After all of this, there’s the question of proportionality. There is no proportionality here. Ubiquitous surveillance creates a massive haystack for finding a needle that may not even be there, where traditional police work based on actual available evidence, strong relationships with diverse communities and working to build an inclusive society would solve the problem (where one is proven to exist) in a much more effective manner.

Treating literally every Australian as a suspect, reversing the legal principle of innocence until proven guilty, in confluence with the slew of other proposed weakenings of legal principles such as reversal of the onus of proof, is a recipe for disaster.

I will end with my favourite quote from this entire debacle by Senator Brandis: “[data retention] is very much the way in which western nations are going”. This reminds me of a question my mother used to ask me as a child: “if your friends all jumped off a cliff, would you jump too?” Our Government just answered that question in the affirmative, and wants to force us all off it with them. Let’s not let them take us down with them.

Now get back to destroying this absurd budget, all of you.

More free trade agreement dramas. Apparently, the Korea-Australia Free Trade Agreement requires overturning the iiTrial in order to be implemented! Joy!

This tweet was concerning enough as it is, so I dug into the “National Interest Assessment” itself and found the gem on point 17:

Consistent with Australia’s existing obligations in the Australia-US and Australia-Singapore FTAs, and to fully implement its obligations under KAFTA, the Copyright Act 1968 will require amendment in due course to provide a legal incentive for online service providers to cooperate with copyright owners in preventing infringement due to the High Court’s decision in Roadshow Films Pty Ltd v iiNet Ltd, which found that ISPs are not liable for authorising the infringements of subscribers.

I’ve shot off FOI requests to AGD, DFAT and IP Australia. There’s a JSCOT sitting on Monday, so hopefully someone will grill them on this absolute travesty.

This explains at least partially why Senator Brandis is so interested in implementing a graduated response and Internet censorship regime in Australia. The mess just keeps getting worse. Let’s not forget the Productivity Commission very explicitly stated that IP changes should not be considered in FTAs without proper analysis of the consequences.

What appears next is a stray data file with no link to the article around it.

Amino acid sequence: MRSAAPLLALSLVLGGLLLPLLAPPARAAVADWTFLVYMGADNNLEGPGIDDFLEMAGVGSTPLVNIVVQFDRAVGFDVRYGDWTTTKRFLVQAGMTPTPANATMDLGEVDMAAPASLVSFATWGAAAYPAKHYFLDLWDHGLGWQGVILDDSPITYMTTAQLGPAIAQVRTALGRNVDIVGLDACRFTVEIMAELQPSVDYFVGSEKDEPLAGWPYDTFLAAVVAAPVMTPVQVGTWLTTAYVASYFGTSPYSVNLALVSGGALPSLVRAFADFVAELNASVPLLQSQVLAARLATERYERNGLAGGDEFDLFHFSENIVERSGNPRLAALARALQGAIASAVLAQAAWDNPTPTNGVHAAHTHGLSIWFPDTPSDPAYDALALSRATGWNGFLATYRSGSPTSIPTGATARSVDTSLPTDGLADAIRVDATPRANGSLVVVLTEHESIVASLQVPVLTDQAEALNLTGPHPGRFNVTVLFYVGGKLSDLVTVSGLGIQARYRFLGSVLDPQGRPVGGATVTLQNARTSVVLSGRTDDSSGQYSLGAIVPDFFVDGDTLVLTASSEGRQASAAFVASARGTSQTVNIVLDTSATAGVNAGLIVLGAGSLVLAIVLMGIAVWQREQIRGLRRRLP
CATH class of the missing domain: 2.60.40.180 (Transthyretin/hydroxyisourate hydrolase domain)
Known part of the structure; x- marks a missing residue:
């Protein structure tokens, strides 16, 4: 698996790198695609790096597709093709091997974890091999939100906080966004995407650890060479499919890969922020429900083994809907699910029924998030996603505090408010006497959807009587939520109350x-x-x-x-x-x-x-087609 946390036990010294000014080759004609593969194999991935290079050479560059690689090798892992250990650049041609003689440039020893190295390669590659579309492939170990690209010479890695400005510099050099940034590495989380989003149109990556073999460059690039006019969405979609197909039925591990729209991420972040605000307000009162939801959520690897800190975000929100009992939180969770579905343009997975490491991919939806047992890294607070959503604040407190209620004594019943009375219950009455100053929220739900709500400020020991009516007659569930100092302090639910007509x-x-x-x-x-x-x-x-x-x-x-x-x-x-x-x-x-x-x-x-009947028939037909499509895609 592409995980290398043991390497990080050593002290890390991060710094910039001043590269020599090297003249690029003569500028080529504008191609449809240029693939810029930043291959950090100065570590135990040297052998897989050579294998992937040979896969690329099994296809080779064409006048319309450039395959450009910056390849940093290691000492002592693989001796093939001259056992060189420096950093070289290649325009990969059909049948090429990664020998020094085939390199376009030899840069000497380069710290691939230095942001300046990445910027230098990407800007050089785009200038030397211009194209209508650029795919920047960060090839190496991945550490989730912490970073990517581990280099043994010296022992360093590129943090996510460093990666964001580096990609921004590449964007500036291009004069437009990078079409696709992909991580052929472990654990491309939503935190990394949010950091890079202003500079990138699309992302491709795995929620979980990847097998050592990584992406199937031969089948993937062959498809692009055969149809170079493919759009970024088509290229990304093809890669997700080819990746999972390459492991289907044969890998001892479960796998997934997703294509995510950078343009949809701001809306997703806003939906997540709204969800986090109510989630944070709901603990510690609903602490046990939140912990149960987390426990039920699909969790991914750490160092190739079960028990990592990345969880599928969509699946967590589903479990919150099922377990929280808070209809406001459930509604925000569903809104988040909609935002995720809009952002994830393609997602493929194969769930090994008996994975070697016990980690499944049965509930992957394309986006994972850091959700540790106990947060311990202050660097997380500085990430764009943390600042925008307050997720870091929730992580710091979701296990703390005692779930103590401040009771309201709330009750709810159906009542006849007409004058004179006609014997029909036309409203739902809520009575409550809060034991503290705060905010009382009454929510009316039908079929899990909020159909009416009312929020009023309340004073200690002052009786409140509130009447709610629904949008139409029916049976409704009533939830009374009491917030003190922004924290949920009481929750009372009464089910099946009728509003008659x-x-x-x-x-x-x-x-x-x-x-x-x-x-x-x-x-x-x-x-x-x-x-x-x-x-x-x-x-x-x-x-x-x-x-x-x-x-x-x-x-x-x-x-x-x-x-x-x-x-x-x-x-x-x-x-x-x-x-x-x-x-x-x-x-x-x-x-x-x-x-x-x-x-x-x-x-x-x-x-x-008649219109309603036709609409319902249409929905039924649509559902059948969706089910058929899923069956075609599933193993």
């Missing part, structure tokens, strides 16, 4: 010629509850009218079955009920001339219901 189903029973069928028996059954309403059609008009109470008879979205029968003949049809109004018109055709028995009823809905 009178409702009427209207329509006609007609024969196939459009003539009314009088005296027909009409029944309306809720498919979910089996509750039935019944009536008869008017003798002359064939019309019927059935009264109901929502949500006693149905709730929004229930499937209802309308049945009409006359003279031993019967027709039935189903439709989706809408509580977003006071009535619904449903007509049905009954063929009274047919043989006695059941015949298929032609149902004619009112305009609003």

If this Government can’t even handle something as straight-forward as a bilateral free trade agreement without it requiring major changes to our Copyright Act, how can we trust a single word they say about the Trans-Pacific Partnership Agreement not requiring changes to our legislation?

We can’t.

Hey! Been a while since I last made a blog post. A lot has been happening. Quit my job, went back to full time studies for a bit, focused hard on getting Pirate Party stuff happening, and I’ve thrown around a couple more freedom of information requests recently.

However, recently, regional pricing got my goat. I’m a big fan of the Witcher series of games. If you haven’t heard of it, it’s a mature RPG series based on a series of Polish novels by an author called Andrzej Sapkowski.

Well, the creators of the Witcher 3, CD Projekt RED, also own a pretty good game distribution website called Gog, which distributes games DRM-free. Unfortunately, CD Projekt RED have decided to slap on a pretty awful regional pricing.

For people in the US, they will pay $60 USD. We in Australia however will pay a lovely $90 AUD! Go regional pricing, go! They will however offer about $20 AUD worth of coupons for other old games, but honestly, it’s not good enough.

So like all good angry little digital activists should do, I sent them a feedback message. I can’t republish it exactly because I sent it using a web form, and their email reply didn’t include it.

The gist of it was that I said I was “disgusted” in this complete ripoff for a game that will in all likelihood be censored by our puritan government anyway and pointed out that DRM-free isn’t everything, and that blaming regional pricing agreements they chose to sign is a cop-out.

Today, I got a gem of a response (a piece of quartz as far as gems go):

(╯°□°)╯︵ ┻━┻

Fucking fuck fuck fuuuuck. I sat there for about 5 minutes just reading it. Was the very first sentence the cop-out I thought it was? What school of customer service even is this? I expected a canned response, but this was a new level of goop. It even told me I should be nicer to a corporation. lol!

Once I had stopped rage laughing, I slapped out a response that even I’m surprised came from my fingers:

So there you have it. Don’t take ripoffs lying down. Complain about it, talk about it, publish blog posts about it. Ensure this discussion doesn’t go away until this archaic, shitful business model does.